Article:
This Russian Airborne crew seem to have misunderstood the meaning of being an Airborne force.
They take their armored vehicles back into the air, going flat out over obstacles.
To the best of my knowledge, this is a BMD-2 we see flying above. That’s 11.5 tonnes of tracked armor you see flying.
The BMD-2 is a Soviet airborne, amphibious, and obviously tracked IFV (Infantry Fighting Vehicle).
Final arrivals of crews of armored vehicles in the framework of the contest “Airborne platoon” at the site of the Red Strug.
Below: Better watch out – flying tanks ahead!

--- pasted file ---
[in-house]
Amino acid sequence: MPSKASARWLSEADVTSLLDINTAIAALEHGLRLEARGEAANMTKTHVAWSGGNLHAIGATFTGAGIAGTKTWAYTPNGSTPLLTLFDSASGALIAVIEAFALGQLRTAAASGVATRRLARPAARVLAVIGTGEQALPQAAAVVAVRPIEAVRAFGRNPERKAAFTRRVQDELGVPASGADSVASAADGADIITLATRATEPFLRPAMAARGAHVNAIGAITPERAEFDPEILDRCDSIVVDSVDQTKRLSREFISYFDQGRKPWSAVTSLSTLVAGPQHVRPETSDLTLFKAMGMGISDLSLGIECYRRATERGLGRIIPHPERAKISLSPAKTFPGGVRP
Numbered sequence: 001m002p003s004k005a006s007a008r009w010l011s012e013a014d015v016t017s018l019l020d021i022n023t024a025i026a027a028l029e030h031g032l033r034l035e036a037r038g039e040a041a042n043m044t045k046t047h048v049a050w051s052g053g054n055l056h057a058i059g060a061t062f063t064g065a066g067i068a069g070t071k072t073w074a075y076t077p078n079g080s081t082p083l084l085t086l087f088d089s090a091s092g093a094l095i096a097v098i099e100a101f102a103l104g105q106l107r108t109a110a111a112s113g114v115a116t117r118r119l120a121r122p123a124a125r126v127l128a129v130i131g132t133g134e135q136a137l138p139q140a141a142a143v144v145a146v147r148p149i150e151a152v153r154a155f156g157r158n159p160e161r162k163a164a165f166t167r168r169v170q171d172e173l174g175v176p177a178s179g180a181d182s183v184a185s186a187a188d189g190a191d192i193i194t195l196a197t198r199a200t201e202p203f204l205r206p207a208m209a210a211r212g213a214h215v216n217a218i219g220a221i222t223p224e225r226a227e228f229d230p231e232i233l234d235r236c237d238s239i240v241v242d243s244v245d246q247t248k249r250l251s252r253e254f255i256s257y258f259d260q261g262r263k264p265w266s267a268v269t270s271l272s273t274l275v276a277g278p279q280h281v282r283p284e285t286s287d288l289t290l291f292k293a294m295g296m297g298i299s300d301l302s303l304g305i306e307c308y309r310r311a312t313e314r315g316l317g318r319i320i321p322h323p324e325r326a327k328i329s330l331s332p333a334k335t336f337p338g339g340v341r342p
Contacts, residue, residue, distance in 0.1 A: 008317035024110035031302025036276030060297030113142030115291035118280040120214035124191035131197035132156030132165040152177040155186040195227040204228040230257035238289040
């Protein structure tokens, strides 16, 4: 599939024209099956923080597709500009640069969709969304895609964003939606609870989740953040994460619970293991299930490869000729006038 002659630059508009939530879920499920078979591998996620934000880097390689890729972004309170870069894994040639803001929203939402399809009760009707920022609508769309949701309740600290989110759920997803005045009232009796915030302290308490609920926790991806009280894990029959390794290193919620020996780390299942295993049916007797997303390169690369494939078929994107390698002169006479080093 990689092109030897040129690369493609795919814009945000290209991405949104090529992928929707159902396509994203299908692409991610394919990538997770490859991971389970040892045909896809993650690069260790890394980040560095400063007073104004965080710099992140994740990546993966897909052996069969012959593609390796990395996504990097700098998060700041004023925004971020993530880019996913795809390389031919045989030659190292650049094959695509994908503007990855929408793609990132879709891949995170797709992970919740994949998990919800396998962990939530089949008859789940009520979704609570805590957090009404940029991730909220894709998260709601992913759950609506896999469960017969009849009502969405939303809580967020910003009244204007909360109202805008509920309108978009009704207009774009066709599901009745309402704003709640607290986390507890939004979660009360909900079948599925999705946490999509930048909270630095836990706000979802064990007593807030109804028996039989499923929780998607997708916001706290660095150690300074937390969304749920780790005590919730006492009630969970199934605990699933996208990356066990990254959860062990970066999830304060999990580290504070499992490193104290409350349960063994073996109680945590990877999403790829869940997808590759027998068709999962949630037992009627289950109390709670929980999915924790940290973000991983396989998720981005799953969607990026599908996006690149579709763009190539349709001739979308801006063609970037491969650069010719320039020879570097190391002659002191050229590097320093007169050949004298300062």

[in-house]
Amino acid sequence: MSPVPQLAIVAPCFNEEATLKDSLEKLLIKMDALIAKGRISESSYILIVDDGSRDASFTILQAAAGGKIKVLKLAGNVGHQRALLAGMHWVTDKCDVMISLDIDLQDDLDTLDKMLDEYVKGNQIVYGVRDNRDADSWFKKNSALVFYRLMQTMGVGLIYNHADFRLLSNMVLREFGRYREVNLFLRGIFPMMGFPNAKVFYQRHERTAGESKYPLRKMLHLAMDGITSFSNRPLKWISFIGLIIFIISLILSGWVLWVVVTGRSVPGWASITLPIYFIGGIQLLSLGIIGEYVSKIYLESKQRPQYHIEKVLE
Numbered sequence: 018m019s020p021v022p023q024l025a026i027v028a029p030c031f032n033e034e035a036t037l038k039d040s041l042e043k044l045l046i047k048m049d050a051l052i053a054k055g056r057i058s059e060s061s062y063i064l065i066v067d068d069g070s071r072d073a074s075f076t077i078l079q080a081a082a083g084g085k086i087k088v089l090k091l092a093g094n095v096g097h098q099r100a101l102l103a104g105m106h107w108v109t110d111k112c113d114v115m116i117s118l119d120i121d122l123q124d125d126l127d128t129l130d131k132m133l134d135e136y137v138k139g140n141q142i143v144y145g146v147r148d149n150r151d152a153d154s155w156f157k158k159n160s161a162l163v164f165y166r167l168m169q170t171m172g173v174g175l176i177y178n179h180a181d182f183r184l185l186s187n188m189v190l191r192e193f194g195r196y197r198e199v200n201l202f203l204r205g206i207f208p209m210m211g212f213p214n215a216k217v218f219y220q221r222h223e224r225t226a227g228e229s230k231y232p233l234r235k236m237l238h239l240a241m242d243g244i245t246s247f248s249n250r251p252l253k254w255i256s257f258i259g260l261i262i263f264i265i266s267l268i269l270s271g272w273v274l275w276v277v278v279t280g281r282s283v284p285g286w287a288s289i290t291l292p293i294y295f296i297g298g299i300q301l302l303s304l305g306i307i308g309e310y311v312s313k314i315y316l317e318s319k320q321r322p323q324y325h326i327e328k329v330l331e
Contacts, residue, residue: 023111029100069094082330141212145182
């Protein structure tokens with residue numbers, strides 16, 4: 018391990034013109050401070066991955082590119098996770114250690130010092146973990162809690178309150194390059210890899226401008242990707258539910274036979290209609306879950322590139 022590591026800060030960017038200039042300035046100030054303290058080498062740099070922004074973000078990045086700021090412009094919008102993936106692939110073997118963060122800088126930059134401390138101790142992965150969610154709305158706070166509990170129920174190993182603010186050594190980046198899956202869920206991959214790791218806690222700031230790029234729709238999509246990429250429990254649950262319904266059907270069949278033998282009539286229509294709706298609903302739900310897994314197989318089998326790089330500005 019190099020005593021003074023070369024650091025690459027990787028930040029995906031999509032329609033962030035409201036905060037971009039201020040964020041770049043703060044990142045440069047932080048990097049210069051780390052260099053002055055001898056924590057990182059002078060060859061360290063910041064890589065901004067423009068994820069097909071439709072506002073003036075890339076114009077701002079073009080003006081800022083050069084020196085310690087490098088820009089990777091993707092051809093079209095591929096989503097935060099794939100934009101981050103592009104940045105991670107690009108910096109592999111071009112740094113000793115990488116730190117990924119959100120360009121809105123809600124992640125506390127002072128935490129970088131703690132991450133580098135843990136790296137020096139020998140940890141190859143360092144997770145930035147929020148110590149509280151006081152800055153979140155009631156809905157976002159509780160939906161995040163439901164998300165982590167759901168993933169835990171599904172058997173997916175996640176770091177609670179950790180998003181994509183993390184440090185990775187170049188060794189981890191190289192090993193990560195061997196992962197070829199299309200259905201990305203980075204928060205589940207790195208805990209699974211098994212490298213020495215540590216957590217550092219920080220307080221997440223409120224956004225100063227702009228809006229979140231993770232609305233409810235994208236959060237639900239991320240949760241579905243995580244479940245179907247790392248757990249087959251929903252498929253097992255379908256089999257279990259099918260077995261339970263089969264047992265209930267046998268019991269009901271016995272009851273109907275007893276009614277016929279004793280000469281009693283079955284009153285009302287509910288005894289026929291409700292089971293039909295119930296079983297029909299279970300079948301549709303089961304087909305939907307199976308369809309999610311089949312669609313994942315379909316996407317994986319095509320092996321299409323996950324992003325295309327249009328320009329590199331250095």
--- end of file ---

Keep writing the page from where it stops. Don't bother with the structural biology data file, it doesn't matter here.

The BMD-2 has a 30 mm 2A42 multi-purpose autocannon with 300 rounds.
There is also a 7.62 mm PKT coaxial tank machine gun.
The main armament on the previous model, the BMD-1, is normally a 73 mm low pressure, smoothbore short-recoil semi-automatic gun with some 40 rounds. It is called the 2A28 “Grom”
When, and if, the BMD-1 is dropped from the air, it is secured to a special pallet and parachuted out of a cargo plane. It can also be carried by some helicopters.
To make it “safe” (safer) to land, a rocket parachute called the PRSM-915, was developed.
You get the idea from the Tweet below. I’d rather not be sitting inside during the drop, please.
— Rob Lee (@RALee85) January 6, 2019
More pictures, from another event.
This picture is just odd. As you may note, the flag on the armored vehicle is from Venezuela.
So, how do you like the flying lumps of steel?